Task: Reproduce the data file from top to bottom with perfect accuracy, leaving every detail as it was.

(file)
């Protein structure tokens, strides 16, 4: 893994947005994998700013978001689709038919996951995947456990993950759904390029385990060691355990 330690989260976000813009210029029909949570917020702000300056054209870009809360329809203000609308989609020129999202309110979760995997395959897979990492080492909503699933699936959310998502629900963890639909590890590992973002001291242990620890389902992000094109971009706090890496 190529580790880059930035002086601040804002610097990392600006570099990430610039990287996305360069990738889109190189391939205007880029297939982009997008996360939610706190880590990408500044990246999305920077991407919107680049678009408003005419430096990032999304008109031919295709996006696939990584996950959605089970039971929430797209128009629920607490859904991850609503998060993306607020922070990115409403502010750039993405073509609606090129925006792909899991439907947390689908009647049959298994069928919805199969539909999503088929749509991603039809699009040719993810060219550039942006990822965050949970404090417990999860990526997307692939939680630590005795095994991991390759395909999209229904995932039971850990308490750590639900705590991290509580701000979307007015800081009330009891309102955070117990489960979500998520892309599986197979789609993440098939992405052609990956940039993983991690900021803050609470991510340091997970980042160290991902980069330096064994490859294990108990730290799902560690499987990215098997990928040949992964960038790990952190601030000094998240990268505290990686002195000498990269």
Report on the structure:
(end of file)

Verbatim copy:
């Protein structure tokens, strides 16, 4: 893994947005994998700013978001689709038919996951995947456990993950759904390029385990060691355990 330690989260976000813009210029029909949570917020702000300056054209870009809360329809203000609308989609020129999202309110979760995997395959897979990492080492909503699933699936959310998502629900963890639909590890590992973002001291242990620890389902992000094109971009706090890496 190529580790880059930035002086601040804002610097990392600006570099990430610039990287996305360069990738889109190189391939205007880029297939982009997008996360939610706190880590990408500044990246999305920077991407919107680049678009408003005419430096990032999304008109031919295709996006696939990584996950959605089970039971929430797209128009629920607490859904991850609503998060993306607020922070990115409403502010750039993405073509609606090129925006792909899991439907947390689908009647049959298994069928919805199969539909999503088929749509991603039809699009040719993810060219550039942006990822965050949970404090417990999860990526997307692939939680630590005795095994991991390759395909999209229904995932039971850990308490750590639900705590991290509580701000979307007015800081009330009891309102955070117990489960979500998520892309599986197979789609993440098939992405052609990956940039993983991690900021803050609470991510340091997970980042160290991902980069330096064994490859294990108990730290799902560690499987990215098997990928040949992964960038790990952190601030000094998240990268505290990686002195000498990269």
Report on the structure: